@ABHINAV RANJAN • 23 Feb, 2013 This you can get answered with simple question:
Why it's difficult to cook rice in hilly areas i.e, on mountains compared to plain areas?

When you read the book it's written that all the parameter are under STP conditions. It will vary if any of the conditions change
@gokulbudy • 24 Feb, 2013 boiling point is directly propotional to vapour pressure
vapour preassure means the pressure of each water molecule
@Ramani Aswath • 25 Feb, 2013
gokulbudy
boiling point is directly propotional to vapour pressure
vapour preassure means the pressure of each water molecule
Saturated steam pressure increases non-linearly with boiling point.
A single molecule cannot have any pressure.
@gohm • 26 Feb, 2013 Great thread! I moved it here into the chemical section from the mechanical section as it is a better fit here.
@simplycoder • 10 Mar, 2013 I am not the best person here to comment on this topic, but would amount of salt present in water affect the boiling point?
I think this comes under category of colligative properties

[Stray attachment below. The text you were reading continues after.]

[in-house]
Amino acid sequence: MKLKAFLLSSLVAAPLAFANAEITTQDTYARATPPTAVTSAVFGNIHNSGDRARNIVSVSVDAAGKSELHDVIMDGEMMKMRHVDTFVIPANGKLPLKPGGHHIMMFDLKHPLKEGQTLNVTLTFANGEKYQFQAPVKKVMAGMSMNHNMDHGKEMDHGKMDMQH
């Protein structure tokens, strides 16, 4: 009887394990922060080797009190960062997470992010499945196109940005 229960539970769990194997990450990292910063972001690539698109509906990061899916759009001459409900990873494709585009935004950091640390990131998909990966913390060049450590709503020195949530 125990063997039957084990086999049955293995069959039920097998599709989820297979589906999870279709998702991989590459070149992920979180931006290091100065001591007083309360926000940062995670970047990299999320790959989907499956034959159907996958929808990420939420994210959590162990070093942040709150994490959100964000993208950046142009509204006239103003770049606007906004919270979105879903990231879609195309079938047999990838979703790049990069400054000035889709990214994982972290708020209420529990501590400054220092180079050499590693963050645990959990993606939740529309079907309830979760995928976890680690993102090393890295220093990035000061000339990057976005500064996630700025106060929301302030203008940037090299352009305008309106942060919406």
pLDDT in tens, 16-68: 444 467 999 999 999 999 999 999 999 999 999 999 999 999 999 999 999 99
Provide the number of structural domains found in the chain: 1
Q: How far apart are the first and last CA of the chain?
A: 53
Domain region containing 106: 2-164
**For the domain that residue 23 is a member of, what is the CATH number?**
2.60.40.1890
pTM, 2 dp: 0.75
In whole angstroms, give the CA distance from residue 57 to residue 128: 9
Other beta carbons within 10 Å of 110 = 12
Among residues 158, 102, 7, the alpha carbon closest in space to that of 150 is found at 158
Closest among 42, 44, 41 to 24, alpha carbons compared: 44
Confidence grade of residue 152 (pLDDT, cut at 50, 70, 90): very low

@Ramani Aswath • 10 Mar, 2013 Non volatile solutes elevate the boiling point as the solvent molecules are restricted from free vaporization by the non volatile molecules.
https://www.chem.purdue.edu/gchelp/solutions/eboil.html
@Allan Hugo • 13 Mar, 2013 Yes, this is called boiling point elevation, one of those colligative properties (melting point depression, and osmotic pressure too). Any decent chemistry book should have this discussion.
bioramani
Actually boiling point is elevated by impurities.
The relationship of pressure with temperature is specified by Antoine's Equation. Here is an online calculation:

https://ddbonline.ddbst.de/AntoineCalculation/AntoineCalculationCGI.exe

If you put water and the temperature at 100 deg C, the pressure results to 760 mmHg which is equivalent to 1 atm. For different atmospheric pressure values there corresponds a temperature where the vapor pressure of the substance is equal to that of the atmospheric pressure. This temperature is called the boiling point of the substance at that specified pressure.